Originally created 08/17/99

Race winner thankful for cancer remission



Tour de France champion Lance Armstrong took some time during one of the tour's rest days to chat with fans on yahoo.com. Here are some excerpts:

Q: In the off-season, how much is your training increased or decreased?

A: This season, things changed primarily because I was so busy doing a lot of other things. I actually lost some time this winter, because I was busy with charity things -- my form early in the season suffered.

Q: Have you been declared completely (testicular) cancer free?

A: I think we can call it in remission, yes. They wait five years until they give you the "cure" word.

Q: How much do you think it takes mentally and physically to compete in the Tour de France?

A: It takes, obviously, a lot physically. Mentally, it takes a lot just to endure three weeks of racing. When you're on the road, away from home, away from your family, and then you add the difficulties of the heat, the mountains -- it makes for a hard three weeks.

Q: Besides cancer what is your biggest challenge that you have had to work through?

A: Good question. I don't know -- it's so obviously cancer, that it's overshadowed anything I've had to confront before.

Q: Do you like being labeled a "cancer survivor," or would you rather be the "rider who won the race"?

A: Absolutely, I'd prefer the label "cancer survivor." I'm proud of that; that's what I am.

Q: What kind of training did you do to lose so much weight? You weren't exactly mister body fat to begin with. Is this the main reason you've climbed so well this year?

A: Actually, I can thank my illness for losing the body fat. I'm close to 20 pounds lighter because of the illness. When I was sick, I lost all of my muscle, and was able to build back the body in a different way.

Q: Lance, has getting married and being a future father changed your goals?

A: Absolutely. If you get married, then you have more responsibility, as you should have if you're going to bring a child into the world. With Kristin, I've added a friend, and a partner, and a teammate, and a soulmate, that I've never had before. We spend eight months a year in Europe, so we're always away from home. It has made my life, away from Texas, complete.

Q: Lance, do you find that enduring the pain and discomfort of going through cancer therapy has somehow prepared you better for the rigors of the Tour?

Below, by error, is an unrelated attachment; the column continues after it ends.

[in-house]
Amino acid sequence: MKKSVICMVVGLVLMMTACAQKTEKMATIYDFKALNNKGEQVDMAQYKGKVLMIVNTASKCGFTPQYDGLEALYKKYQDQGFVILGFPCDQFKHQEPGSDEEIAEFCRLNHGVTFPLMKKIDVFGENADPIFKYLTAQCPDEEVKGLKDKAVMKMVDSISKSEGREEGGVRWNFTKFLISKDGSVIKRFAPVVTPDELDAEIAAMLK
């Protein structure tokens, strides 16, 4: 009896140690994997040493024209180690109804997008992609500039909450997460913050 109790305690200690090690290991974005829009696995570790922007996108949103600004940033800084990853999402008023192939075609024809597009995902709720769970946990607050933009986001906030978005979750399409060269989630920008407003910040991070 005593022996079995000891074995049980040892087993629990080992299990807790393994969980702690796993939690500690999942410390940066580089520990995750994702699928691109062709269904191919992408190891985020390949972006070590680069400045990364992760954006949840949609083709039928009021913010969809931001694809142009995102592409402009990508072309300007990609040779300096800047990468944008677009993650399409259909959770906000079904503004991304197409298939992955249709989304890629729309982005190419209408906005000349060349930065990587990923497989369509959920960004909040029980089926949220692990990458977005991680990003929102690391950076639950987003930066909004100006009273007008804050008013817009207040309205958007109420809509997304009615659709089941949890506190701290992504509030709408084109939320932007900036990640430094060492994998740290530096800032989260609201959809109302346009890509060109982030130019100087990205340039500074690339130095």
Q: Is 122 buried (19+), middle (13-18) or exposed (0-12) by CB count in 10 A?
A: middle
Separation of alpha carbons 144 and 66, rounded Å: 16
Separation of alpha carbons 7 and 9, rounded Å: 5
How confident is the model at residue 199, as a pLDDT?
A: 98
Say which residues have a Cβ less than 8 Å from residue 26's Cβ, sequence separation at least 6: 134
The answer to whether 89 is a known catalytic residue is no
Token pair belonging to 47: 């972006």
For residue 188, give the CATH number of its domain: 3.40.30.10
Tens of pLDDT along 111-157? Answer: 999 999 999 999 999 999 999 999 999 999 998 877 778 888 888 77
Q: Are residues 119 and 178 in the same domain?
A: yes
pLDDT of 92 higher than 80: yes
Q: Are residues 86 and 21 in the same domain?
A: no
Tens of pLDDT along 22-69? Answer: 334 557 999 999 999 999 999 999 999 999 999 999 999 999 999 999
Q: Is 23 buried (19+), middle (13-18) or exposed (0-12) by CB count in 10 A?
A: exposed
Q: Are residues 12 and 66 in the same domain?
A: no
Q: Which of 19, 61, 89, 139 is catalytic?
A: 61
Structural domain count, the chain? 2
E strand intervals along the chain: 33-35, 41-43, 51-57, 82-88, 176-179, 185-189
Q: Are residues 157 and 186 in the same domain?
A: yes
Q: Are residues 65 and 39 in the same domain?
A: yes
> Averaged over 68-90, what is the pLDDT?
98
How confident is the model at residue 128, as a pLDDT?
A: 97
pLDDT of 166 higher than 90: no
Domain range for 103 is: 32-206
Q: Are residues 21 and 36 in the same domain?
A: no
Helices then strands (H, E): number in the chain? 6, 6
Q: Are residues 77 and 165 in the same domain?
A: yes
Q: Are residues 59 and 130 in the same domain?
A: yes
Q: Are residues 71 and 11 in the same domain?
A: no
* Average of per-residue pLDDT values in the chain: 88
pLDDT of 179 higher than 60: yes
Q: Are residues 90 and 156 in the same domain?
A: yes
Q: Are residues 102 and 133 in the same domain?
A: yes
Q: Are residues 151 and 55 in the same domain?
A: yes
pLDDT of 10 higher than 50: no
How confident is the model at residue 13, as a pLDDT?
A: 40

A: Yes and no. It's not the same pain, but it certainly puts the pain and suffering of the tour in perspective. The pain on the bike is the lungs, the legs; and the pain of chemo -- I don't know if pain is the word; it's just miserable. It's tough to describe. Just a very nauseating, miserable time. Combine the worst stomach flu, headache, hangover and concussion, all into one.

Q: What kind of food, do you eat to keep athletically fit for bike riding?

A: Pasta, pasta, pasta. Cereals for breakfast and bread. It depends what time of year -- before the year, when I'm trying to lose weight, then I don't eat as much pasta. I eat more proteins and vegetables and salads.

Q: Growing up, who were your cycling heroes?

A: None. I wasn't a cyclist when I was growing up. I was a triathelete, so I looked up to triathaletes -- Mark Allen, Dave Scott.

Q: How old were you when you started racing?

A: About 17. Just in the local community.

Q: Do you prefer riding in mountains or flat terrain?

A: Believe it or not, they both can be hard. If you feel strong and you feel good, then the mountains are better for you.

Q: Do you still use your original triatholon training as cross-training in the off season?

A: Nope, never. If I swam, I would get too big an upper body. If I ran, I would probably blow out a knee!

Q: Should helmet use be required on the tour? I saw a lot of guys without one.

A: No, it shouldn't be required. I try to wear mine as much as possible, but we're all adults, and all professionals, and I think it should be left up to the rider to decide.

Q: What advice or comfort words would you offer someone fighting cancer or someone dealing with a family member who has cancer?

A: Both are in a tough position, and I don't know what's tougher. Seeing my family, my friends, and my mother, I know that it was difficult. Find the best doctor. Believe in that person. And fight and be brave. That's all you can do.